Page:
5 Notorious Productivity Killers And How To Overcome Them
How much success could you achieve in the coming year if you could be more productive each and every day?
Everyone wants to be more productive, the problem is people find it easy to stay focused for a short period of time and then their minds wander.
Being aware of what affects your productivity and how issues in and around your workplace can have an impact on your output allows you to develop strategies to counter these issues.
As the Founder of Task Pigeon, a team task management application, this is an area that I study closely. To help you lift your game I have developed a list of five notorious productivity killers and strategies to overcome them.
Procrastination is one of the major killers to any plan’s success. You simply cannot move forward if you keep pushing things back. Procrastination often goes hand in hand with perfectionism where one thinks their plan cannot succeed unless everything else is perfectly aligned.
While preparation is essential, you should not let fear of failure prevent you from pursuing your goals and making the first move. Rather than thinking and readjusting the drafts, you should create your own list of priorities and take on each task one at a time.
If you are not able to commence tasks due to procrastination, then you have already failed before you even start. The best way is to learn on the go and adjust accordingly.
Attending valueless meetings and discussions can become a habit hard to break. If you are invited to a meeting that offers you no value and you have nothing important to contribute, then why waste your time?
Instead of attending to impress others or pass time, focus on your priorities and accomplish little tasks. At least this will be an effort towards your goals. It is therefore recommended to evaluate every meeting invitation and determine what the discussion is all about. If there is no value to add or gain, then ask to be excused.
Relying on general emails for confirming details or information is advisable as it is often important to get things in writing. However, emails can be productivity killers if you use them for instances where a phone call can get a much quicker response.
If simply picking up the phone can bring an issue to a quicker conclusion then that should be your default method of communication. Using the phone also helps reduce the chance of misunderstandings taking place.
Sending a general email or an email that covers a whole host of topics increases the chances that the responder doesn’t provide the necessary level of detail you require. This only adds to further delays and a reduction in your own productivity.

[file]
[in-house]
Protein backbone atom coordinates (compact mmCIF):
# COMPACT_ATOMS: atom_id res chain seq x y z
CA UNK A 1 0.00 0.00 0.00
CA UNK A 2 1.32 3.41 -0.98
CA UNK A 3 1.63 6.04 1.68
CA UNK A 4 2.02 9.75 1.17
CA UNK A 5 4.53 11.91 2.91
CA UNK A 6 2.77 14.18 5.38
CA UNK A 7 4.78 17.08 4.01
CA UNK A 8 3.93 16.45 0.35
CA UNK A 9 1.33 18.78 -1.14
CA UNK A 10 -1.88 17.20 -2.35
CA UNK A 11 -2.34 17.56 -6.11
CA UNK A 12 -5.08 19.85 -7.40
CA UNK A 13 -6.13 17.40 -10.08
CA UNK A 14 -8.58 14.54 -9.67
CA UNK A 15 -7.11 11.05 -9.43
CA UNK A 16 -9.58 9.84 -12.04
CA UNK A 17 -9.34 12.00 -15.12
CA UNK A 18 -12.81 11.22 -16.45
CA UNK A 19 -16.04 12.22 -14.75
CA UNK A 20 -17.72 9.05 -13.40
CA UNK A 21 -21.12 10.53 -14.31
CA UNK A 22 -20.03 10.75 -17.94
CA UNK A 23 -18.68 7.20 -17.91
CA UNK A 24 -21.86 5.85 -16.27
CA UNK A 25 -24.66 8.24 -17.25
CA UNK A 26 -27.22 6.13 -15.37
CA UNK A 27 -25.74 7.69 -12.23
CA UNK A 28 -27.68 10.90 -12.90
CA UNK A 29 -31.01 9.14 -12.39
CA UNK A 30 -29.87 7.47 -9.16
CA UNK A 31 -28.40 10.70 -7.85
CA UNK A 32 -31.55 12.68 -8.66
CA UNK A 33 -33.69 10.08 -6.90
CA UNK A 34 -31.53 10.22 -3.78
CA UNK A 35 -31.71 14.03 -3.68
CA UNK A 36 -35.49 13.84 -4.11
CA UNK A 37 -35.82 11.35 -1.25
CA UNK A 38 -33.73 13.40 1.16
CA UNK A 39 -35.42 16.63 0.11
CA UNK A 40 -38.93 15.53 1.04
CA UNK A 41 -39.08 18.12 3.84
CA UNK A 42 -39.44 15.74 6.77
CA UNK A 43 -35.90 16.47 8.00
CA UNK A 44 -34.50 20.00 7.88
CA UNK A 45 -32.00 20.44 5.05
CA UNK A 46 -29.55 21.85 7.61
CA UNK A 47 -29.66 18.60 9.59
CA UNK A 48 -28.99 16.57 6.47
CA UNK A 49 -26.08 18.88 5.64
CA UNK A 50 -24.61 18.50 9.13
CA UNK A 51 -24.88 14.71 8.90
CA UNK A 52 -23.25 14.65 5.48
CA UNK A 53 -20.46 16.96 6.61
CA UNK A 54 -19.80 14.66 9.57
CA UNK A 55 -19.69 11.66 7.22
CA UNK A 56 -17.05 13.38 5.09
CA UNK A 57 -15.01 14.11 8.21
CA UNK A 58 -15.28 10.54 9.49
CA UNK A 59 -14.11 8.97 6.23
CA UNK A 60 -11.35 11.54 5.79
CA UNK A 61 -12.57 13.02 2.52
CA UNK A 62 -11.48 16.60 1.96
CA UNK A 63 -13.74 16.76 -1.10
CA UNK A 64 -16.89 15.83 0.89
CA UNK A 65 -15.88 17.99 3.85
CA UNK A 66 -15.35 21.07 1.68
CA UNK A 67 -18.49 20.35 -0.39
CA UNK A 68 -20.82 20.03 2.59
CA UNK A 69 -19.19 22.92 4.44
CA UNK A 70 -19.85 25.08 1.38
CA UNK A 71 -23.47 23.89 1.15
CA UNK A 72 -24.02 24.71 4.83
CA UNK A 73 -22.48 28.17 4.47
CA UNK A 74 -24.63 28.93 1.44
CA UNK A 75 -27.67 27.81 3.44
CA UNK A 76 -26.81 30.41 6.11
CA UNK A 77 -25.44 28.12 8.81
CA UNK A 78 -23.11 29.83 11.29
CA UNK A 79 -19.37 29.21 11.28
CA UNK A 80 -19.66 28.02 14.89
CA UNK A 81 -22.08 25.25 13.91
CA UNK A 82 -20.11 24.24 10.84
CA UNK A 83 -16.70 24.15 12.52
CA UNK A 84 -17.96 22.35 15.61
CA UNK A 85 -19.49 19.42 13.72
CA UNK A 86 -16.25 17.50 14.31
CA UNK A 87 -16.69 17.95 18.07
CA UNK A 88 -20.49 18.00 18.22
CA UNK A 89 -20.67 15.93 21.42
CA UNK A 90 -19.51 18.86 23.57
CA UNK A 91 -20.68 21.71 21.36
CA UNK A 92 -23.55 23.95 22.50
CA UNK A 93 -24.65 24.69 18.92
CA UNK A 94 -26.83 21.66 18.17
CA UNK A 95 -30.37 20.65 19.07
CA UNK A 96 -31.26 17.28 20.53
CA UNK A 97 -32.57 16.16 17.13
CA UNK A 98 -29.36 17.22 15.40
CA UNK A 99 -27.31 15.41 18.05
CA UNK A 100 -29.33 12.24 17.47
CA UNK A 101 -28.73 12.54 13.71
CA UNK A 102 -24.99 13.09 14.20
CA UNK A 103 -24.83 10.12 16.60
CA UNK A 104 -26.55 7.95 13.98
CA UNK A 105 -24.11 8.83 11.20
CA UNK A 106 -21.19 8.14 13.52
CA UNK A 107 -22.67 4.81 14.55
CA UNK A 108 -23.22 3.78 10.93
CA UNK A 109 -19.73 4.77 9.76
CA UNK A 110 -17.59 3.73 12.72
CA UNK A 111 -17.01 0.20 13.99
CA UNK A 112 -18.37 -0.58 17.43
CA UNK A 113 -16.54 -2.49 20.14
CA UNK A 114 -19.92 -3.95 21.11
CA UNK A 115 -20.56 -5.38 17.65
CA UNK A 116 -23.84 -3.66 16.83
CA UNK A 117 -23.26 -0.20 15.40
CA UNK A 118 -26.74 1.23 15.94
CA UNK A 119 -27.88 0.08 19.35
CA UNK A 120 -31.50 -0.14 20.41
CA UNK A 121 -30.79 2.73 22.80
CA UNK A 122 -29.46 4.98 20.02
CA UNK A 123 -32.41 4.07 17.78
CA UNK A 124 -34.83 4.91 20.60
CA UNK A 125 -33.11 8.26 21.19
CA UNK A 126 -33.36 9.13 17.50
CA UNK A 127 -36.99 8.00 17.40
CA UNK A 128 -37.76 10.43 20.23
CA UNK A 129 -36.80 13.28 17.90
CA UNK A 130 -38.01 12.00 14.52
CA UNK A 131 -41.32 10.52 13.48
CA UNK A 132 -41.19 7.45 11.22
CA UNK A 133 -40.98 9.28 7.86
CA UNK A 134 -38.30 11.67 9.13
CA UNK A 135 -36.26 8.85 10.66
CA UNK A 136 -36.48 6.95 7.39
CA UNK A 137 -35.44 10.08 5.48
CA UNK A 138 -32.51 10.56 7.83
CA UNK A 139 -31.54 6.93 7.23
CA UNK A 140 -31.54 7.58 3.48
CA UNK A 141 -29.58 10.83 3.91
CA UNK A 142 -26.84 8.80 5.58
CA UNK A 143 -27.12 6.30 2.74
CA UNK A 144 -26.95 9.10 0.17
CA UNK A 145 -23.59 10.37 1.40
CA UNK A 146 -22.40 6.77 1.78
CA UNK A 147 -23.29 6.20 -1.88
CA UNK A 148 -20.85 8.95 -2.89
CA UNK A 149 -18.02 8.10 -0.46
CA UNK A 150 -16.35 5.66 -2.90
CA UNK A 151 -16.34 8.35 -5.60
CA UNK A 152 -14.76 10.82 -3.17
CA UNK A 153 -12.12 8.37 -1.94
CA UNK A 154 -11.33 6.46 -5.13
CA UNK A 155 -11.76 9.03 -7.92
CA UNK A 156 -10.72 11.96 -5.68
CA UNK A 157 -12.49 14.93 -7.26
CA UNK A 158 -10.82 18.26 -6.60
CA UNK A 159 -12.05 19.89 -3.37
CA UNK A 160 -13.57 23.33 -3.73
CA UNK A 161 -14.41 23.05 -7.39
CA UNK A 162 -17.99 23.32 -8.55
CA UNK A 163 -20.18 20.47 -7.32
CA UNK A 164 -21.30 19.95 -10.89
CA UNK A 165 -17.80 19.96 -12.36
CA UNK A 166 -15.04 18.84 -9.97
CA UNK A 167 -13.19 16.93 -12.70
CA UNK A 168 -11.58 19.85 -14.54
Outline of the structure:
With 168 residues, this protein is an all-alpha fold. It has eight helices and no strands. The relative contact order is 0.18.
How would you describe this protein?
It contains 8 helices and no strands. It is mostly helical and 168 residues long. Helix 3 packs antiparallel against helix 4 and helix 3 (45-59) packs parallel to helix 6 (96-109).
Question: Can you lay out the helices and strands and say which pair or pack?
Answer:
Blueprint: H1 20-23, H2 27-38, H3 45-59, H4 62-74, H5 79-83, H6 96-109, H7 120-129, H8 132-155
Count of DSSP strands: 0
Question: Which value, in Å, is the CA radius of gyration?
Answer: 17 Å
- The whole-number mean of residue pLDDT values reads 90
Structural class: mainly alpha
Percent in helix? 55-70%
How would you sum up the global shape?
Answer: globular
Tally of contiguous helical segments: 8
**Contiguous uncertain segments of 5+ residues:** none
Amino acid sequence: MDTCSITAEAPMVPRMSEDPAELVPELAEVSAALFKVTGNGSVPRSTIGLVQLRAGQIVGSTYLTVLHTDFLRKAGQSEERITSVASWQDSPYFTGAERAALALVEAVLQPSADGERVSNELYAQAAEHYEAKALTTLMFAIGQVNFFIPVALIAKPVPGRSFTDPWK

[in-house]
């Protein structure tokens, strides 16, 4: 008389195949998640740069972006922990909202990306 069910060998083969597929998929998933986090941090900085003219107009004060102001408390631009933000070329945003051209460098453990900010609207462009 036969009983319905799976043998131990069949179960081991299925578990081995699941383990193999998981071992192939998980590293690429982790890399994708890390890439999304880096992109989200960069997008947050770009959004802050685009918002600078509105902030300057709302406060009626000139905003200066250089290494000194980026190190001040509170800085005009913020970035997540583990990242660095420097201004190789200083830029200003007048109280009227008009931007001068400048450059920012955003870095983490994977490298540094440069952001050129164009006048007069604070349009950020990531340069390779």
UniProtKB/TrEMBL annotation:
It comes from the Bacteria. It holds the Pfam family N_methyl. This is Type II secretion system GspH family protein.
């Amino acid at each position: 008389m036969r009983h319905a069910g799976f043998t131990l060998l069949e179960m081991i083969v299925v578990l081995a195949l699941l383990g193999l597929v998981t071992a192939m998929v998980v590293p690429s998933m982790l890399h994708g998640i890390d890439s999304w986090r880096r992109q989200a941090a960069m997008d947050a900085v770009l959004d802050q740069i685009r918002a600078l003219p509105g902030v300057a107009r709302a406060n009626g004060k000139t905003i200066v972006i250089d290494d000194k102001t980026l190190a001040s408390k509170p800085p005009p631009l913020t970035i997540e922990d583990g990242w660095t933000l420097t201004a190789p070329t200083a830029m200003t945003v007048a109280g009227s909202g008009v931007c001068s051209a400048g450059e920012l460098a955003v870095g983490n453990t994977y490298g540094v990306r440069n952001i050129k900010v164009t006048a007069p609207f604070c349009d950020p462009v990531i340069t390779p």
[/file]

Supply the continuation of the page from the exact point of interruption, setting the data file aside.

Social Media & Office Chit Chat
Social media has become part of our daily lives and while platforms like Linkedin, Twitter and Facebook can be used to gather information and attract leads, spending hours of the day browsing these sites will only hinder your productivity. It is advisable to plan your time and decide when you will log in to your social account and set a limit for how long you will be on there.
Office chats also consume a lot of time that can be spent attending to more important tasks. To be a productive person or employee, you must learn to control how often you engage in office chats. They can be insightful but tend to sway into other subjects that add no value.
If you have a hard time avoiding social and office chats, it may be advisable to book a private meeting room at your office. You can also put in headphones, even if no music is playing, as it will make people less likely to interrupt you.
We know that office chit-chat can have a big effect on productivity given a whopping 91% of people who work from home feel more productive than when they are in an office.
Working In An Office Where There Are Not Clear Lines Of Responsibility
Offices that lack clear lines of responsibility will find it hard to get anything done. Even the simplest of tasks may lie in wait for someone to attend to them resulting in diminished productivity.
If you work in an office where responsibilities overlap and cause confusion, then it is time to read the job description once more. If this does not work, then try to request clarification from management on who has ownership of a particular task or project.
Having clear lines of responsibility allows everyone to contribute and do their work. It also establishes a framework for accountability and who to approach when something goes wrong. What’s more, it prevents disputes and improves group/teamwork performance.
This is a big issue, even if you don’t immediately believe it affects your organization. A recent study highlighted that 70% of employees say that their manager does not provide clear goals and direction.
As you can see there are several other impediments to productivity that may seem quite subtle, but keep you from achieving your potential. With some honest self-evaluation, you will be able to identify where most of your time is going on any given day. Focusing your effort where it matters most and cutting down on non-essential tasks can provide a significant boost to your productivity.
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